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A Dictionary of Greek and Roman biography and mythology (ed. William Smith) 30 30 Browse Search
Pausanias, Description of Greece 1 1 Browse Search
Titus Livius (Livy), Ab Urbe Condita, books 8-10 (ed. Benjamin Oliver Foster, Ph.D.) 1 1 Browse Search
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Browsing named entities in A Dictionary of Greek and Roman biography and mythology (ed. William Smith). You can also browse the collection for 302 BC or search for 302 BC in all documents.

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Amastris 3. Also called Amastrine (*)Amastrinh/), the daughter of Oxyartes, the brother of Darius, was given by Alexander in marriage to Craterus. (Arrian. Anab. 7.4.) Craterus having fallen in love with Phila, the daughter of Antipater, Amastris married Dionysius, tyrant of Heracleia, in Bithynia, B. C. 322. After he death of Dionysius, In B. C. 306, who left her guardian of their children, Clearchus, Oxyathres, and Amastris, she married Lysimachus, B. C. 302. Lysimachus, however, abandoned her shortly afterwards, and married Arsinoe, the daughter of Ptolemy Philadelphus ; whereupon Amastris retired to Heracleia, which she governed in her own right. She also founded a city, called after her own name, on the sea-coast of Paphlagonia. She was drowned by her two sons about B. C. 288. (Memnon, 100.4, 5 ; Diod. 20.109.) The head figured below probably represents Amastris: the woman on the reverse holds a small figure of victory in her hand. (Eckhel, ii. p. 421.)
A Dictionary of Greek and Roman biography and mythology (ed. William Smith), Anti'gonus the One-eyed (search)
Cassander must yield to the pleasure of Antigonus." But Cassander had not sunk so low as this: he sent ambassadors to Seleucus and Ptolemy for assistance, and induced Lysimachus to invade Asia Minor in order to make an immediate diversion in his favour. Antigonus proceeded in person to oppose Lysimachus, and endeavoured to force him to an engagement before the arrival of Seleucus from upper Asia. But in this he could not succeed, and the campaign accordingly passed away without a battle. (B. C. 302.) During the winter, Seleucus joined Lysimachus, and Demetrius came from Greece to the assistance of his father. The decisive battle took place in the following year (B. C. 301), near Ipsus in Phrygia. Antigonus fell in the battle, in the eighty-first year of his age, and his army was completely defeated. Demetrius escaped, but was unable to restore the fortunes of his house. [DEMETRIUS.] The dominions of Antigonus were divided between the conquerors : Lysimachus obtained the greater part
endeavoured to obtain peace by an application to Antigonus, and then failing in this, he induced Lysimachus to effect a diversion by carrying the war into Asia against Antigonus, and sent also to Seleucus and Ptolemy for assistance. Meanwhile Demetrius, with far superior forces remained unaccountably inactive in Thessaly, till, being summoned to his father's aid, he concluded a hasty treaty with Cassander, providing nominally for the independence of all Greek cities, and passed into Asia, B. C. 302. In the next year, 301, the decisive battle of Ipsus, in which Antigonus and Demetrius were defeated and the former slain, relieved Cassander from his chief cause of apprehension. After the battle, the four kings (Seleucus, Ptolemy, Cassander, and Lysimachus) divided among them the dominions of Antigonus as well as what they already possessed ; and in this division Macedonia and Greece were assigned to Cassander. (Comp. Daniel. viii.; Plb. 5.67; App. Bell. Syr. p. 122, ad fin.) To B. C. 29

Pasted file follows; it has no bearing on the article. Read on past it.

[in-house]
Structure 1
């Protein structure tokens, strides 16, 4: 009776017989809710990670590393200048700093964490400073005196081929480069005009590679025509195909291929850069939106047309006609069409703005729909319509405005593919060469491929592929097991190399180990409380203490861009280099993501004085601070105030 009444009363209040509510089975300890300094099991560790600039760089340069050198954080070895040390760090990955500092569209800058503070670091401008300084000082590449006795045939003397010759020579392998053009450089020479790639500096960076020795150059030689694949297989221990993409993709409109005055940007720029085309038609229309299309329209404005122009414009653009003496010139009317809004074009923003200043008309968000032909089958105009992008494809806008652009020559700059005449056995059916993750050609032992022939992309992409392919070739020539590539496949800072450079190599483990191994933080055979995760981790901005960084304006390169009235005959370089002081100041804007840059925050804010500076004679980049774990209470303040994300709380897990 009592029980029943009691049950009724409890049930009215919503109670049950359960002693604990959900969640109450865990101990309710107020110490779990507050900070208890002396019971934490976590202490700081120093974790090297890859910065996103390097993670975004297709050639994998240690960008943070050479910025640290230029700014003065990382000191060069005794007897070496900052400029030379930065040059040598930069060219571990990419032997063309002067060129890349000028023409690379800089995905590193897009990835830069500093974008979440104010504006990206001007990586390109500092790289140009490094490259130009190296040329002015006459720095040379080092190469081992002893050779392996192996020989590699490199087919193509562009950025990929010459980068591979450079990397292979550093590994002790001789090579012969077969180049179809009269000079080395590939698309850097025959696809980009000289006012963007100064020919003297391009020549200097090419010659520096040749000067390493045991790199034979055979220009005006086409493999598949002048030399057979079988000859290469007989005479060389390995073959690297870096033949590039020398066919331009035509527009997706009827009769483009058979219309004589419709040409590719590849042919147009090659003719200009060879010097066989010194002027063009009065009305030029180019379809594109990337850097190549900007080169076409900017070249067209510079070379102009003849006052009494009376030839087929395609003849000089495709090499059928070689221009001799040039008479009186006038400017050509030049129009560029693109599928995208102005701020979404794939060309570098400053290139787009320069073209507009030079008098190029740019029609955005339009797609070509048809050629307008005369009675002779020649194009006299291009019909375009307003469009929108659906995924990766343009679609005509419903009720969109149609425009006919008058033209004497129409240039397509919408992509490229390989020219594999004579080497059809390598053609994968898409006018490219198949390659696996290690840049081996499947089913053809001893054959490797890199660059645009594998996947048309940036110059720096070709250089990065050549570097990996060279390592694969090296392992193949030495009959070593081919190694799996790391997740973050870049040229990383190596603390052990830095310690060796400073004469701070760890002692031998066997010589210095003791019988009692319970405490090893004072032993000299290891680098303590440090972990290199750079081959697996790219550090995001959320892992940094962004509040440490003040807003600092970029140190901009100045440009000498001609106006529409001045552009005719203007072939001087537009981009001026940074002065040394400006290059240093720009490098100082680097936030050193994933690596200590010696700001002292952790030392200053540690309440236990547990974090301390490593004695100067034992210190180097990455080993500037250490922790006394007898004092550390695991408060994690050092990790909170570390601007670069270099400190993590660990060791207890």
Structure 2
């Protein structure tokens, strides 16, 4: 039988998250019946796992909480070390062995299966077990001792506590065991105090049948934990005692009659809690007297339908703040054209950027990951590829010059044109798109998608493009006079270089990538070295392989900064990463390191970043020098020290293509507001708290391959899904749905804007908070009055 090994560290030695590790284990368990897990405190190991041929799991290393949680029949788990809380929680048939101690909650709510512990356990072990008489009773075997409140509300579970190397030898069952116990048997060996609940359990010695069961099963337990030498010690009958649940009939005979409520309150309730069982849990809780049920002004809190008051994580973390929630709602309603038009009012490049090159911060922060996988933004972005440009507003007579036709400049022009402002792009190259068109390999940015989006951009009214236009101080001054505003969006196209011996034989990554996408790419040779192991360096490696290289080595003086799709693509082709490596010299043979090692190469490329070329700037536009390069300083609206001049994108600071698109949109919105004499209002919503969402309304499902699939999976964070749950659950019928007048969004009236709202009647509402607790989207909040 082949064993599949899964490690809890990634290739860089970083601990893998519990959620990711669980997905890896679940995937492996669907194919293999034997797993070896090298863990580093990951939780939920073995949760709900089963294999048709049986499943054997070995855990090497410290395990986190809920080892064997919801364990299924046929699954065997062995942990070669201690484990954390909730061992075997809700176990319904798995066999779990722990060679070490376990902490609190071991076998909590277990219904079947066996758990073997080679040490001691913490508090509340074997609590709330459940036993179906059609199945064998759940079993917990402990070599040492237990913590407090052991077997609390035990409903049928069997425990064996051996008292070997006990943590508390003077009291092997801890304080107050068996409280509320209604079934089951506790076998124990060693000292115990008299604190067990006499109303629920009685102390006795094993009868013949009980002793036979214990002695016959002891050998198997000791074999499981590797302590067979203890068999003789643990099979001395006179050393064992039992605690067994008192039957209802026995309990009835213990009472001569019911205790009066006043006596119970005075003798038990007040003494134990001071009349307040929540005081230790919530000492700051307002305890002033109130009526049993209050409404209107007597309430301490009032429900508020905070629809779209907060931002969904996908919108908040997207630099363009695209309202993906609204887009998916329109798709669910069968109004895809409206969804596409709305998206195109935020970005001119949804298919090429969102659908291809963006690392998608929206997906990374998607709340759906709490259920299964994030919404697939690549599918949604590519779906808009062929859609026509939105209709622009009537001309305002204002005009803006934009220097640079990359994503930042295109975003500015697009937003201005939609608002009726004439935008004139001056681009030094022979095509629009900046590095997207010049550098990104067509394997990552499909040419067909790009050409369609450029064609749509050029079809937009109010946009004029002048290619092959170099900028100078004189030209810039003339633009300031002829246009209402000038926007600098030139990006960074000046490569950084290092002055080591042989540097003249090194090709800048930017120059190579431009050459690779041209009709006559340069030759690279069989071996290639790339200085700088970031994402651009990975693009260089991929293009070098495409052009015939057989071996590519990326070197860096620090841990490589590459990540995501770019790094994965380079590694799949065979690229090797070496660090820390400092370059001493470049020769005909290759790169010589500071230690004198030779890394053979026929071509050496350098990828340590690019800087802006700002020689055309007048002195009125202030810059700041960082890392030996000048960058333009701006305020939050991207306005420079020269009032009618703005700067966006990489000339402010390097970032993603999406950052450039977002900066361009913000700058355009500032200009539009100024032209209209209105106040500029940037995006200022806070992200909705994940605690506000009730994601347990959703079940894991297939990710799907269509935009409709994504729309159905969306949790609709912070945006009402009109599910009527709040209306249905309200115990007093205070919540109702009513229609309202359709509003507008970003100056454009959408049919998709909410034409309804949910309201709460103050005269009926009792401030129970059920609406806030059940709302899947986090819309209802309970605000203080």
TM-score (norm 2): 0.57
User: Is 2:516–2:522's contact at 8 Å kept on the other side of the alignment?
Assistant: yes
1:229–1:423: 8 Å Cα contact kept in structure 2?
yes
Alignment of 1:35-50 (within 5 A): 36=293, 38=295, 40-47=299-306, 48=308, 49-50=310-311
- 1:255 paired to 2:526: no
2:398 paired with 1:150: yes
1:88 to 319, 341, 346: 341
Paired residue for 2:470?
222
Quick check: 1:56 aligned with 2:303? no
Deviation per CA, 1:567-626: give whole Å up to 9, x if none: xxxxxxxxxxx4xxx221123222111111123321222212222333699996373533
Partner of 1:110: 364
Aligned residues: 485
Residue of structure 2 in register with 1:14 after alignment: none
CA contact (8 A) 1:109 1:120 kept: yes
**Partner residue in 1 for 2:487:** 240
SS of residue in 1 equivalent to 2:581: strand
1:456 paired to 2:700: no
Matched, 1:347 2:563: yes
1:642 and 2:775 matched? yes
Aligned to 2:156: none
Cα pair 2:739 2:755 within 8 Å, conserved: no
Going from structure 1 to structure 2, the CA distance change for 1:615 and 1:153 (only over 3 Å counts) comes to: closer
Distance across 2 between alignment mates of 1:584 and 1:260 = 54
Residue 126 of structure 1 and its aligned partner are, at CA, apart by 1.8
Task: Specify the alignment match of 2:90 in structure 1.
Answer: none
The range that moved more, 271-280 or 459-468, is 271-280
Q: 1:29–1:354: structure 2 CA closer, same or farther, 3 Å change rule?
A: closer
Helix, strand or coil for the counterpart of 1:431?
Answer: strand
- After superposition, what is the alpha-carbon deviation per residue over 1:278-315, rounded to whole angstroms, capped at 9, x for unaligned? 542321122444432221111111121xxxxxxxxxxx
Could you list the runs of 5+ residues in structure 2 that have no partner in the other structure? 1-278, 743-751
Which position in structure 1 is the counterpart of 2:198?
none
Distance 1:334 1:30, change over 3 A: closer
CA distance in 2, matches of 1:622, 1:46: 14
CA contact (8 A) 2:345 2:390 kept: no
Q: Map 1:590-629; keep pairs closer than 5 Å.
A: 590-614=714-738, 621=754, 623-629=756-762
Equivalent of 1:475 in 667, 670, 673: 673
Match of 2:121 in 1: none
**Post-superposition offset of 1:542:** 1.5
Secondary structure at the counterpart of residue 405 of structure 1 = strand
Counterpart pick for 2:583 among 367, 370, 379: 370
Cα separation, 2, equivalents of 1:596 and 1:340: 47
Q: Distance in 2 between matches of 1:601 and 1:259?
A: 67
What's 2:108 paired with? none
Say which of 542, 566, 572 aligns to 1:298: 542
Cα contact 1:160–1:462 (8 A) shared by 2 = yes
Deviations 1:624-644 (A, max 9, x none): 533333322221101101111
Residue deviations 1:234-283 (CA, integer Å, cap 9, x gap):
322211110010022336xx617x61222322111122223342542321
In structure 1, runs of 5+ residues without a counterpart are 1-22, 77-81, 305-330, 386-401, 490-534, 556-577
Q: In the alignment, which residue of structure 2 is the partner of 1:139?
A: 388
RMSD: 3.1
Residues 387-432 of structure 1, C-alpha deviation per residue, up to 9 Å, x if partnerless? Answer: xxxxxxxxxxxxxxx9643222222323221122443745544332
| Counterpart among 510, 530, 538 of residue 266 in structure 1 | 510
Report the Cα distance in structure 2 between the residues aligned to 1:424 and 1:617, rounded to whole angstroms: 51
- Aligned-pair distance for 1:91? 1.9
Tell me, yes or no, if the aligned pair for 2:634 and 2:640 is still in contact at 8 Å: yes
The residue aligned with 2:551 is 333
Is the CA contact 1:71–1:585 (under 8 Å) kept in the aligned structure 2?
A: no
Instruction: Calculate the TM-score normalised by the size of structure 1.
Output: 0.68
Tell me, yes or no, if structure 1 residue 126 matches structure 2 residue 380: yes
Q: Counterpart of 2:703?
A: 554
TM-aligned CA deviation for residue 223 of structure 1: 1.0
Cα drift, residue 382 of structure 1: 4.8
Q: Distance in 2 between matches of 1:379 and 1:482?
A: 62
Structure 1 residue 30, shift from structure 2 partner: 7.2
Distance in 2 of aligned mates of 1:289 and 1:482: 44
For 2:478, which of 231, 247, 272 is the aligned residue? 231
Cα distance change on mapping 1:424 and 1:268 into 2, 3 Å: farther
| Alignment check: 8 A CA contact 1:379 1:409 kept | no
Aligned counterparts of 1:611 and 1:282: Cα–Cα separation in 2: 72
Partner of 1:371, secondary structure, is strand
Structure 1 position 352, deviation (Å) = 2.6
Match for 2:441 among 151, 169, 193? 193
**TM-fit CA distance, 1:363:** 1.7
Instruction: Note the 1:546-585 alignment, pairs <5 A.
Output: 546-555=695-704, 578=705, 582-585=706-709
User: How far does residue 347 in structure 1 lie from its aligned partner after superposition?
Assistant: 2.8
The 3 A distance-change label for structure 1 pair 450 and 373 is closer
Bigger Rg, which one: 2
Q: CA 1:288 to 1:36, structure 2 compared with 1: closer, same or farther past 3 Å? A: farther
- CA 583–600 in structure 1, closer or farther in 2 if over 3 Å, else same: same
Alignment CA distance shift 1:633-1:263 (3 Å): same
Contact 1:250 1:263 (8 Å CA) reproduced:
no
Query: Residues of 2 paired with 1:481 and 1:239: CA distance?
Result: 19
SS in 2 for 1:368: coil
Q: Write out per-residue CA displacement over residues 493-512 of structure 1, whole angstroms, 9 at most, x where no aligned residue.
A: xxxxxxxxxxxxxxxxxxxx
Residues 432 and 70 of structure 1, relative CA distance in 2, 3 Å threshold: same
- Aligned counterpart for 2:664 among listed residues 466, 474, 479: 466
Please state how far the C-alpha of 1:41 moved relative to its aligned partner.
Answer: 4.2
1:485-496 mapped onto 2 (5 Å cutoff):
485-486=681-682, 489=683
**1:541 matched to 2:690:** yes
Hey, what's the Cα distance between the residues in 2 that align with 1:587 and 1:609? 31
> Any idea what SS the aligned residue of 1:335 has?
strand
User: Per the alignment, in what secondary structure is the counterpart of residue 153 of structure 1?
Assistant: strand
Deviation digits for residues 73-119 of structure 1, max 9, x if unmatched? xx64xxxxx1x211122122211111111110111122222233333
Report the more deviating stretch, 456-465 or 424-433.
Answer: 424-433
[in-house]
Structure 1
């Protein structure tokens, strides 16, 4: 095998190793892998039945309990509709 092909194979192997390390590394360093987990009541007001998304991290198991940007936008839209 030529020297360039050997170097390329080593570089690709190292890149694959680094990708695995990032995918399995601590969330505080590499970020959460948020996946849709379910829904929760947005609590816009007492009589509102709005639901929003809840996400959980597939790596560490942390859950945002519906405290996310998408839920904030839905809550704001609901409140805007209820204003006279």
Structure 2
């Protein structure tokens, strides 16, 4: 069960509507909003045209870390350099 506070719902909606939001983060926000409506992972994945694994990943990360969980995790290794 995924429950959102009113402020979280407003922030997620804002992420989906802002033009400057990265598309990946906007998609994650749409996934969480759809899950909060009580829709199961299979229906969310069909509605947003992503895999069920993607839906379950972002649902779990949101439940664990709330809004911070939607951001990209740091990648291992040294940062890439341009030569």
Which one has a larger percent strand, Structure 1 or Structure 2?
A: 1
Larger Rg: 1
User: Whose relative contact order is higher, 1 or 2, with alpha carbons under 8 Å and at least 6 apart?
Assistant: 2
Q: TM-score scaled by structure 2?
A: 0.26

A Dictionary of Greek and Roman biography and mythology (ed. William Smith), or Deme'trius Poliorcetes (search)
tion; but nothing could exceed the meanness and servility of the Athenians towards him, which was such as to provoke at once his wonder and contempt. A curious monument of their abject flattery remains to us in the Ithyphallic hymn preserved by Athenaeus (vi. p. 253). All the laws were, at the same time, violated in order to allow him to be initiated in the Eleusinian mysteries. (Plut. Demetr. 23-27; Diod. 20.100, 102, 103; Polyaen. 4.7. §§ 3, 8; Athen. 6.253, xv. p. 697.) The next year (B. C. 302) he was opposed to Cassander in Thessaly, but, though greatly superior in force, effected little beyond the reduction of Pherae. This inactivity came at a critical time: Cassander had already concluded a league with Lysimachus, who invaded Asia, while Seleucus advanced from the East to co-operate with him. Antigonus was obliged to summon Demetrius to his support, who concluded a hasty treaty with Cassander, and crossed over into Asia. The following year their combined forces were totally d
A Dictionary of Greek and Roman biography and mythology (ed. William Smith), (search)